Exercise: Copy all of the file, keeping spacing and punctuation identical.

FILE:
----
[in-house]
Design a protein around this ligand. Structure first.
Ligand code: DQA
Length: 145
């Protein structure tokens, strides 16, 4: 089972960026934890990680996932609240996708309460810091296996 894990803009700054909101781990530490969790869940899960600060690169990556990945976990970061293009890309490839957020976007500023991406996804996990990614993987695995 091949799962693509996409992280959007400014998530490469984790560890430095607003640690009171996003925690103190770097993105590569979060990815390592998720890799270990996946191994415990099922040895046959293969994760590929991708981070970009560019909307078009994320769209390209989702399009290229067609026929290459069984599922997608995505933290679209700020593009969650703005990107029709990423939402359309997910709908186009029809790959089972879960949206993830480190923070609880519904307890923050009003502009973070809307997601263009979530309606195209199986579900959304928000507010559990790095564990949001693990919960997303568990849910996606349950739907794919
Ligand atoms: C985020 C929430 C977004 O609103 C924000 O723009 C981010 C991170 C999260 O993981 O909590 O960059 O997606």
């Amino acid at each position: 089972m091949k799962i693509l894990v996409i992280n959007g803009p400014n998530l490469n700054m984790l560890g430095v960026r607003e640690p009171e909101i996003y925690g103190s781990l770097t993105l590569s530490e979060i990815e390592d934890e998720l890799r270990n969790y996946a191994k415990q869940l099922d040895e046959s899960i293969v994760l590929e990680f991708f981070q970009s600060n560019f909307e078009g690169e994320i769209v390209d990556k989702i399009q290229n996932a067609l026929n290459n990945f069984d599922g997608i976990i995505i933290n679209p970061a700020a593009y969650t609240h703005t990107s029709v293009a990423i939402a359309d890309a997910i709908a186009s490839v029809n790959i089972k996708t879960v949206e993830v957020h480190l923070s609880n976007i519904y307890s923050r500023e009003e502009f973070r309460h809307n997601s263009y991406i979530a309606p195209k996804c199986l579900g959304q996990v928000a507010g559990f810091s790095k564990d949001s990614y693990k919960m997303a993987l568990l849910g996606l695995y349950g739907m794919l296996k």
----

[in-house]
Design a protein around this ligand. Structure first.
Ligand code: DQA
Length: 145
């Protein structure tokens, strides 16, 4: 089972960026934890990680996932609240996708309460810091296996 894990803009700054909101781990530490969790869940899960600060690169990556990945976990970061293009890309490839957020976007500023991406996804996990990614993987695995 091949799962693509996409992280959007400014998530490469984790560890430095607003640690009171996003925690103190770097993105590569979060990815390592998720890799270990996946191994415990099922040895046959293969994760590929991708981070970009560019909307078009994320769209390209989702399009290229067609026929290459069984599922997608995505933290679209700020593009969650703005990107029709990423939402359309997910709908186009029809790959089972879960949206993830480190923070609880519904307890923050009003502009973070809307997601263009979530309606195209199986579900959304928000507010559990790095564990949001693990919960997303568990849910996606349950739907794919
Ligand atoms: C985020 C929430 C977004 O609103 C924000 O723009 C981010 C991170 C999260 O993981 O909590 O960059 O997606």
């Amino acid at each position: 089972m091949k799962i693509l894990v996409i992280n959007g803009p400014n998530l490469n700054m984790l560890g430095v960026r607003e640690p009171e909101i996003y925690g103190s781990l770097t993105l590569s530490e979060i990815e390592d934890e998720l890799r270990n969790y996946a191994k415990q869940l099922d040895e046959s899960i293969v994760l590929e990680f991708f981070q970009s600060n560019f909307e078009g690169e994320i769209v390209d990556k989702i399009q290229n996932a067609l026929n290459n990945f069984d599922g997608i976990i995505i933290n679209p970061a700020a593009y969650t609240h703005t990107s029709v293009a990423i939402a359309d890309a997910i709908a186009s490839v029809n790959i089972k996708t879960v949206e993830v957020h480190l923070s609880n976007i519904y307890s923050r500023e009003e502009f973070r309460h809307n997601s263009y991406i979530a309606p195209k996804c199986l579900g959304q996990v928000a507010g559990f810091s790095k564990d949001s990614y693990k919960m997303a993987l568990l849910g996606l695995y349950g739907m794919l296996k």